Totally Zen is a blog dedicated to yoga, healing, relaxation, and natural living — maintained by Philadelphia yoga instructor and massage therapist, Stephanie Churchill.
After a couple initial attempts collaborating with other designers and developers, Stephanie was referred to me by another client. We started the project by discussing the pros and cons of her previous blog theme and software. Much was good; some was bad; and a number of key features were missing.
The Blog Platform
As a blogging platform for the relaunch, we decided to use the newly released version of WordPress, 2.5.1. The price was right; WordPress is a free, open source blogging package. Furthermore, it’s insanely easy to use. The new 2.5 release also has a beautifully revamped administration panel controlling a bundle of new or improved features. Since I’ve used and installed WordPress for clients for three years, I can attest to its value, and this new release is a gem.
As I mentioned, the old blog was missing a few key features found on better blogs. Here are some of the new capabilities supported by the relaunched Totally Zen blog:
- Flickr badge
- Most popular posts
- Most recent comments
- Tag cloud
- Video support
- Automatic image resizing
- 125 x 125 pixel ad support
- 300 x 250 pixel ad support
- Gravatar support
- Special “Widescreen” format for homepage images
- Feedburner support
- Asides (mini-blog) support
Anyone familar with WordPress will know about the large number of plug-ins available for the platform. For those out of the loop, these independently developed plug-ins (created by members of the WordPress open-source community), allow you to extend the capabilities of your blog and manage key aspects of its behavior from the administration panel. Smart use of plug-ins not only eliminates much of the need for professionals like myself to be called in to deal with the “small stuff” of everyday bloglife, but adds real value to your blog and your visitor’s experience.
I have a personal set of favorite WordPress plug-ins, and fortunately, they all made it into this project (along with several others).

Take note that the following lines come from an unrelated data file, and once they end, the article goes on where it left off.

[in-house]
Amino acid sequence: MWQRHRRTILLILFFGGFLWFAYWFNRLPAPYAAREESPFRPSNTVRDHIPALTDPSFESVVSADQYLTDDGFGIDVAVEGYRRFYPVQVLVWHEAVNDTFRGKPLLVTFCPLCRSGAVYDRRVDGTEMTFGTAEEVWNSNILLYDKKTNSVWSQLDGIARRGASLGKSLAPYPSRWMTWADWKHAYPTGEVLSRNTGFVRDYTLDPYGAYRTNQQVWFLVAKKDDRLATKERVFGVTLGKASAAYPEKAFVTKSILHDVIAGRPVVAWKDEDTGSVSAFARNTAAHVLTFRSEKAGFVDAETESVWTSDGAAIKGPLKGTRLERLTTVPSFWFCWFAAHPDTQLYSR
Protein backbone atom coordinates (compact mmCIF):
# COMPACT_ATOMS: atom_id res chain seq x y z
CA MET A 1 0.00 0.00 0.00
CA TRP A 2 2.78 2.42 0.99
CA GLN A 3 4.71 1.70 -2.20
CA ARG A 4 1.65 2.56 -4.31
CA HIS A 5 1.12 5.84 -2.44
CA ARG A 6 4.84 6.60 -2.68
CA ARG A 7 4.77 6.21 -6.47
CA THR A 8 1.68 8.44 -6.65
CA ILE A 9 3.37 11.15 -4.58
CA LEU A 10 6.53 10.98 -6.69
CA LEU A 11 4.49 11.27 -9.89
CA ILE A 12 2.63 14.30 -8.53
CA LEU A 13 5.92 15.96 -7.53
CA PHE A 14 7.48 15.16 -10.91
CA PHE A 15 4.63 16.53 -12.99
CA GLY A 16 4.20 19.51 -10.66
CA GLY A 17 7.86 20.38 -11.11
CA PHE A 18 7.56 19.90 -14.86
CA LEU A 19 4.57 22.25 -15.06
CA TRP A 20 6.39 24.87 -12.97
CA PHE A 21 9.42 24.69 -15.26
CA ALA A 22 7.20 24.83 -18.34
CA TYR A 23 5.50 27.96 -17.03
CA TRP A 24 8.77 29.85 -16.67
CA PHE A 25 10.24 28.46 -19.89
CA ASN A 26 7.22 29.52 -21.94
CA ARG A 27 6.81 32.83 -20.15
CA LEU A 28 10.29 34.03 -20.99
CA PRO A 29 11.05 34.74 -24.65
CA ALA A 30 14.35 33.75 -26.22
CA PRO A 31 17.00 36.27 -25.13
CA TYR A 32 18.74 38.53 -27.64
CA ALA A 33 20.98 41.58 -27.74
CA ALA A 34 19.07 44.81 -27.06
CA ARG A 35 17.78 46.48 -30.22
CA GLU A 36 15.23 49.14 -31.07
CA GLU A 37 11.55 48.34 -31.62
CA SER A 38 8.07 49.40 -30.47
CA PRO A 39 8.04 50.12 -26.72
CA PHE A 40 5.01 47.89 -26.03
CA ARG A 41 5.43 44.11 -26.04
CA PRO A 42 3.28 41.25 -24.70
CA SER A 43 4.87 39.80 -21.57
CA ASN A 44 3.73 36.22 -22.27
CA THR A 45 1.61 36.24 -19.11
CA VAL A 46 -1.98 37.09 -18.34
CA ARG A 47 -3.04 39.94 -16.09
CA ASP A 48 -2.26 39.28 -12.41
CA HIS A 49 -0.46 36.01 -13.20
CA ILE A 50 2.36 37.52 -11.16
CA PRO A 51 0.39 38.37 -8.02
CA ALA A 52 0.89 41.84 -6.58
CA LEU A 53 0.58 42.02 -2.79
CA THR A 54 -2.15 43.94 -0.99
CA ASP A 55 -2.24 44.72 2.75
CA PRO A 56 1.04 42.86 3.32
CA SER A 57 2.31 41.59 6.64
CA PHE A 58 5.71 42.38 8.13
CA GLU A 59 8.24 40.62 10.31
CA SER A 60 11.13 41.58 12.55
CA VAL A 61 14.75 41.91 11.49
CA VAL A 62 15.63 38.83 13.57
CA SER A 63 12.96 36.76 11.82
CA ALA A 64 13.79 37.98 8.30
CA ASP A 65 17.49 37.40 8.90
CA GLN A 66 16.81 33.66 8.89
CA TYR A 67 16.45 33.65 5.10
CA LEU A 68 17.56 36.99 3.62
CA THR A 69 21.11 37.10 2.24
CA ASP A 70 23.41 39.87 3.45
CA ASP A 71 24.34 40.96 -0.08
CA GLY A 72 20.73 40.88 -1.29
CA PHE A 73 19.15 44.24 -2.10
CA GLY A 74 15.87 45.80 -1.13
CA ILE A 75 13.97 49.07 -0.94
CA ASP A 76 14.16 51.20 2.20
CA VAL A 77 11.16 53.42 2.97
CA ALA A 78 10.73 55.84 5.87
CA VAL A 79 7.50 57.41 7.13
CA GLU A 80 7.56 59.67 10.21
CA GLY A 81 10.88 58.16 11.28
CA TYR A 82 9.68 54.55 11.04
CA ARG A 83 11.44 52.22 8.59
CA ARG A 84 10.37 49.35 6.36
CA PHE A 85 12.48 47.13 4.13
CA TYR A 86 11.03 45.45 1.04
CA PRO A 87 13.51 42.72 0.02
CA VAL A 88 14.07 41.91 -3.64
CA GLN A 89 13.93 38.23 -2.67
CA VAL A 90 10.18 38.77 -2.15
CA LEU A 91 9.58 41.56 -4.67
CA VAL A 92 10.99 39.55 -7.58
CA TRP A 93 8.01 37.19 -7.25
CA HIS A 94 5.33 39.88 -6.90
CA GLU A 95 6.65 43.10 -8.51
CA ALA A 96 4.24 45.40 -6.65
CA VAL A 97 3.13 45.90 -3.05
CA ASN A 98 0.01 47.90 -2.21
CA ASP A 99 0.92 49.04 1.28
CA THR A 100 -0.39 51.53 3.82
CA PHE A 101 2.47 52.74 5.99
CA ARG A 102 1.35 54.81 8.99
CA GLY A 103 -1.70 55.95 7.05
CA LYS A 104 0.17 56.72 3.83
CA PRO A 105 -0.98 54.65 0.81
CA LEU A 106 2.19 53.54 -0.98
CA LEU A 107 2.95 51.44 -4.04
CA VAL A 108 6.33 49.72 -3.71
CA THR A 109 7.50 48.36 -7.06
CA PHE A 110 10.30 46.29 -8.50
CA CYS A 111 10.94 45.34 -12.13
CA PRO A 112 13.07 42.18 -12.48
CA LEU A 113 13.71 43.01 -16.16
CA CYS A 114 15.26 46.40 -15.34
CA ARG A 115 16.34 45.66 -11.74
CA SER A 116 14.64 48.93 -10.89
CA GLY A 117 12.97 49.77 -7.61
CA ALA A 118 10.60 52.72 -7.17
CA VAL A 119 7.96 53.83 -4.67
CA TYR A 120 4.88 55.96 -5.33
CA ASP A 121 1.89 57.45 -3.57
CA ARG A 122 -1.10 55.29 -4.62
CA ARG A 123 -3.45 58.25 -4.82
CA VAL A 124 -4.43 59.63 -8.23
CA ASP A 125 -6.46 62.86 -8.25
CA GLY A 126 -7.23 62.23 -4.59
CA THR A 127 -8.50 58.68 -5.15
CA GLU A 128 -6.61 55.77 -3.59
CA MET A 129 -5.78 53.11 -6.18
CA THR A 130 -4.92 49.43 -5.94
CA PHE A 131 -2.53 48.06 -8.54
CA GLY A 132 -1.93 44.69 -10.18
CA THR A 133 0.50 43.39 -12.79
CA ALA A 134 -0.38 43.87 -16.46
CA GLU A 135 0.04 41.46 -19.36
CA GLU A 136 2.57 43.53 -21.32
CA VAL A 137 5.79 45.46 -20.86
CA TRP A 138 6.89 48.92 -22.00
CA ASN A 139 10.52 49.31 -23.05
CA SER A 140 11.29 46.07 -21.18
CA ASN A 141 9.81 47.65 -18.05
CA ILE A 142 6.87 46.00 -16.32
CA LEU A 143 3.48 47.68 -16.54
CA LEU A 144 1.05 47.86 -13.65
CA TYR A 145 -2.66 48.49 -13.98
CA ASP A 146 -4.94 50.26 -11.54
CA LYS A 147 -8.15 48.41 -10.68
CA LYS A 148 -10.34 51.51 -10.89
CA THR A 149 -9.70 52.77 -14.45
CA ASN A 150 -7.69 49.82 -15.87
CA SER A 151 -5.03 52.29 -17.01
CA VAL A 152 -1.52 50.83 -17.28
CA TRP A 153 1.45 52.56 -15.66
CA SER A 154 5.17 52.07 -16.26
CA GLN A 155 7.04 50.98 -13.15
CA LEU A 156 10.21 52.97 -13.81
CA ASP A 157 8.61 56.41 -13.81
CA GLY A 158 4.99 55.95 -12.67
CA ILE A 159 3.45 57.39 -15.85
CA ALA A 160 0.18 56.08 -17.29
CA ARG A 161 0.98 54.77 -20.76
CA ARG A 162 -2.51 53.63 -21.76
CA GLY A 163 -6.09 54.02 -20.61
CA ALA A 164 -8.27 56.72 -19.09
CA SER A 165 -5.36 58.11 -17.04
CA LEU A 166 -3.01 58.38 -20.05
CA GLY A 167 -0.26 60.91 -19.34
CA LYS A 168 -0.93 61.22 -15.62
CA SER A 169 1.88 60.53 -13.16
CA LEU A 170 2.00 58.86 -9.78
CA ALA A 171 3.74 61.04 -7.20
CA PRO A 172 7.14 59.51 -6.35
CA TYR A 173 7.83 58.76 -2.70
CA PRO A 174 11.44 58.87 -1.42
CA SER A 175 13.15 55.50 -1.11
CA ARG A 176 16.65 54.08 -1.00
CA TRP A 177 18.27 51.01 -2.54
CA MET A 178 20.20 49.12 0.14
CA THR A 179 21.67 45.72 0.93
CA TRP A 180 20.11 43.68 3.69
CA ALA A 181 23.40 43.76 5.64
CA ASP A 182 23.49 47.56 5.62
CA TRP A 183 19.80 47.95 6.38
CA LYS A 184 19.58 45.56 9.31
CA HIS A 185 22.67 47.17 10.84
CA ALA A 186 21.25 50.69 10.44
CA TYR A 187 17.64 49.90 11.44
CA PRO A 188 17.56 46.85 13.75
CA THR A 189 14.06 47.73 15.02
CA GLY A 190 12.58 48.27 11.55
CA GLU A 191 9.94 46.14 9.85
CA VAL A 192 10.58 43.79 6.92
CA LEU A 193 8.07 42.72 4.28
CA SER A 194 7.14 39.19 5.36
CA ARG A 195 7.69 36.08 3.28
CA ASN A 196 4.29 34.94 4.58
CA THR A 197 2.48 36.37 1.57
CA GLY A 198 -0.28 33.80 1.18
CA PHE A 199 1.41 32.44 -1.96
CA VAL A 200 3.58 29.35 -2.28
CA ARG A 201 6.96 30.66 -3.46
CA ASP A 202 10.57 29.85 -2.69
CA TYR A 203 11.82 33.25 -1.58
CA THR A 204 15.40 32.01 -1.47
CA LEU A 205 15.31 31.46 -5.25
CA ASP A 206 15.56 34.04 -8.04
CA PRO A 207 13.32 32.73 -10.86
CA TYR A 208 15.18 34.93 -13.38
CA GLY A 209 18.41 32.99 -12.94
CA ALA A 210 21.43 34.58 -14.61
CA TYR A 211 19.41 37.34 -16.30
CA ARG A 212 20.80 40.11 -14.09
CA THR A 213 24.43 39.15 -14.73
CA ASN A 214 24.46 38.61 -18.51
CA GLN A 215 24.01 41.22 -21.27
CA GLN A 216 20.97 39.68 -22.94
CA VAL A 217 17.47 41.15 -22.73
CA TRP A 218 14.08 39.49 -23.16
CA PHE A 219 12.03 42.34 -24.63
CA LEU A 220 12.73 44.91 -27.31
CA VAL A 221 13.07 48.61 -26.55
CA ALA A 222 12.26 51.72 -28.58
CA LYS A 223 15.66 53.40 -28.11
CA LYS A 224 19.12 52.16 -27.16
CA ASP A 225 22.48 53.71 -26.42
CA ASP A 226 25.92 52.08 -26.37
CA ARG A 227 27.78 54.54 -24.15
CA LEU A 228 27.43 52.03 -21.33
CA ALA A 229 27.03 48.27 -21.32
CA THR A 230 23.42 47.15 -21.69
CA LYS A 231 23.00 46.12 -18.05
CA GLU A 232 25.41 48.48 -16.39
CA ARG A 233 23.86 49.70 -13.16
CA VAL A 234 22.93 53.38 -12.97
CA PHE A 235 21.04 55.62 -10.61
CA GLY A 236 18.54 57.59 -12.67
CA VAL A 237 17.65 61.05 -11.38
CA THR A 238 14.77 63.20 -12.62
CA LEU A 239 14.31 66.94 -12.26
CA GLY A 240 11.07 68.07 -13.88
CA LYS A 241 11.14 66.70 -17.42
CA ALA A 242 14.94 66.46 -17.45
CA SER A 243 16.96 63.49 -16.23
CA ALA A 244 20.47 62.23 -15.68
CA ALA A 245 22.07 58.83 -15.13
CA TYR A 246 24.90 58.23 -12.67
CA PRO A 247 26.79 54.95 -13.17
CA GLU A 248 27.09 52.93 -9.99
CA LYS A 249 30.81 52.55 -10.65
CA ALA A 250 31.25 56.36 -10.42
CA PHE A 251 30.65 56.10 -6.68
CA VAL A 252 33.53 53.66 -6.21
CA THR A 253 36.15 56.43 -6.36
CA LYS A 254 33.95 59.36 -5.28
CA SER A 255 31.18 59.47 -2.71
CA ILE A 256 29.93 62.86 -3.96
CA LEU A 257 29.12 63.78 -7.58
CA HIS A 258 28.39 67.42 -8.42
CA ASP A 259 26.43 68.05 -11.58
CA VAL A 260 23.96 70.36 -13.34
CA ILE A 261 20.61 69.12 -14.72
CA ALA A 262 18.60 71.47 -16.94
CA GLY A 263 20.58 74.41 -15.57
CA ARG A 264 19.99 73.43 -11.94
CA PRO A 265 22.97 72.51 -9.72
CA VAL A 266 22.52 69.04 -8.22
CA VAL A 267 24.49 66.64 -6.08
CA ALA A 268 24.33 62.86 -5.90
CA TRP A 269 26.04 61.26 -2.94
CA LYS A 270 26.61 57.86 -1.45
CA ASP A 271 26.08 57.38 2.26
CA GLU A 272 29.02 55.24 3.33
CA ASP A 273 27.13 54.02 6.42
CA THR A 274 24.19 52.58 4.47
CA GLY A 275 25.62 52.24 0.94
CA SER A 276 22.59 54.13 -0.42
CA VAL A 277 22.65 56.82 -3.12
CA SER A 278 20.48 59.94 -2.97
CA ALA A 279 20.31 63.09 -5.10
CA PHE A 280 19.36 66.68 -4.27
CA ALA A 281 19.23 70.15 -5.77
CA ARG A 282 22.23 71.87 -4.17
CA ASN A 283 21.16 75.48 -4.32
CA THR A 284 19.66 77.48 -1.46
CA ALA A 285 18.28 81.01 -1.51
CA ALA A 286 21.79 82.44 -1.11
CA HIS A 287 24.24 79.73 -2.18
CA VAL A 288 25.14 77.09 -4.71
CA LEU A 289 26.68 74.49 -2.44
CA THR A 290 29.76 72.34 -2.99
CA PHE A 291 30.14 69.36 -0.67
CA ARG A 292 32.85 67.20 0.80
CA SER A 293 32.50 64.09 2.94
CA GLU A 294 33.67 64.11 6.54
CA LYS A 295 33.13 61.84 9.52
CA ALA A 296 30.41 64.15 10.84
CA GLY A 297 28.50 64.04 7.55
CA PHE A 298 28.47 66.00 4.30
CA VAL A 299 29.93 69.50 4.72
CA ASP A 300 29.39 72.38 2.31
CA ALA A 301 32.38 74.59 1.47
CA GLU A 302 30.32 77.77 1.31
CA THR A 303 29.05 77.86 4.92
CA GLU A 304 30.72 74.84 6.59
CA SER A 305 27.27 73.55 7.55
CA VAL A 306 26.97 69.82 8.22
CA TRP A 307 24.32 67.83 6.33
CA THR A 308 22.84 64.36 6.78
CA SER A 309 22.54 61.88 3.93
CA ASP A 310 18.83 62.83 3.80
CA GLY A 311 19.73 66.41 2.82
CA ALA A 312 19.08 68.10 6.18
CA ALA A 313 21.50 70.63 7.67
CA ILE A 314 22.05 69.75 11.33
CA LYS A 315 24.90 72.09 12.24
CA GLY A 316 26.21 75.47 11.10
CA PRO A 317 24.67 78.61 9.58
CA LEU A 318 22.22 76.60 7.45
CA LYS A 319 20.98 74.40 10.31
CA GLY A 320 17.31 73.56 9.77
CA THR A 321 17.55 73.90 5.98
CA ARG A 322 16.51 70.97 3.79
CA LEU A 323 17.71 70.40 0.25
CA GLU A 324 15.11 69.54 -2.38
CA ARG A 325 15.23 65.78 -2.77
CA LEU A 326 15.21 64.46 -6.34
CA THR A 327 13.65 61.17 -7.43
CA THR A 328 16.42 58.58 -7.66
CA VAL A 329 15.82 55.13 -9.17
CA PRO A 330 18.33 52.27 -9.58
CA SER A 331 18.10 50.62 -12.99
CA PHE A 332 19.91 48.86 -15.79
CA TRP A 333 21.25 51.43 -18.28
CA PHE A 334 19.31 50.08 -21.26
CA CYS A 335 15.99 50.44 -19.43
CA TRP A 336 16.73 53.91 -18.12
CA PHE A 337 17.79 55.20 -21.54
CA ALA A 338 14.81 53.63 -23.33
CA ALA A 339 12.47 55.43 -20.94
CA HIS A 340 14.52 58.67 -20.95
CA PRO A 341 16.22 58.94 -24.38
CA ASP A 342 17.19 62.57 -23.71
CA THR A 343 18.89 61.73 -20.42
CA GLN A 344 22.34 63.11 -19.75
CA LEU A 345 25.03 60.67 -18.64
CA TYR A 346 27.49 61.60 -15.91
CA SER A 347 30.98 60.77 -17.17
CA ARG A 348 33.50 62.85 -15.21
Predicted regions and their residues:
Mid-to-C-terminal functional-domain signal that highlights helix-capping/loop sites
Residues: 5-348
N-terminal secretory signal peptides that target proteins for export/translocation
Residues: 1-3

Here’s the shortlist:
AddThis Social Bookmarking Widget
Helps visitors promote your website or blog by giving easy access to common bookmarking tools and social networking sites
Akismet checks your comments against the Akismet web service to see if they look like spam or not. Spammy comments are tagged for moderation or deletion. I have one blog where Akismet has blocked over 10,000 spam comments. Far better than spending time deleting them manually.
All in One SEO Pack
Although WordPress is already very SEO-friendly right “out of the box,” this plug-in gives the administrator the ability to fine tune elements of the site for even better search engine optimization.
Pulls that YouTube video right onto your site where it’s supposed to be.
Places your Flickr badge or photostream thumbnails on your blog
Easy management of the Google Analytics code required to track and understand your blog’s traffic and visitor patterns.
Google XML Sitemaps
Nothing is more boring that manually updating an XML sitemap. Do it automatically and notify Google, Yahoo, MSN and Ask.com without lifting a finger.
Keeping track and showing which posts have the most comments lets your visitors find the “hot stuff” faster.
The post-ess with the most-ess. Rank your posts by view popularity. Kick the information back to your readers, or check the numbers yourself and see what your readers like to read.
After deciding upon the new features and plug-ins to be included, we reworked the overall structure and user experience of the blog. Many of features mentioned previously had already greatly improved the blog’s user experience, but there is always more to do. The blog’s categories were fine-tuned to better reflect the goals of the site. A post tagging nomenclature was developed to complement the new categories and offer users an alternative path through the blog’s content. External accounts for supporting services, such as Gravatar, Flickr, YouTube and Feedburner were established. Fit all of these elements together, and—Voilà!—a new blog that is far more flexible and friendlier than average. Much like Stephanie herself.
- Strategic consulting
- Project management
- Web design
- Web development
- Information architecture
- WordPress installation
- WordPress database and content migration
- Blog theme design modification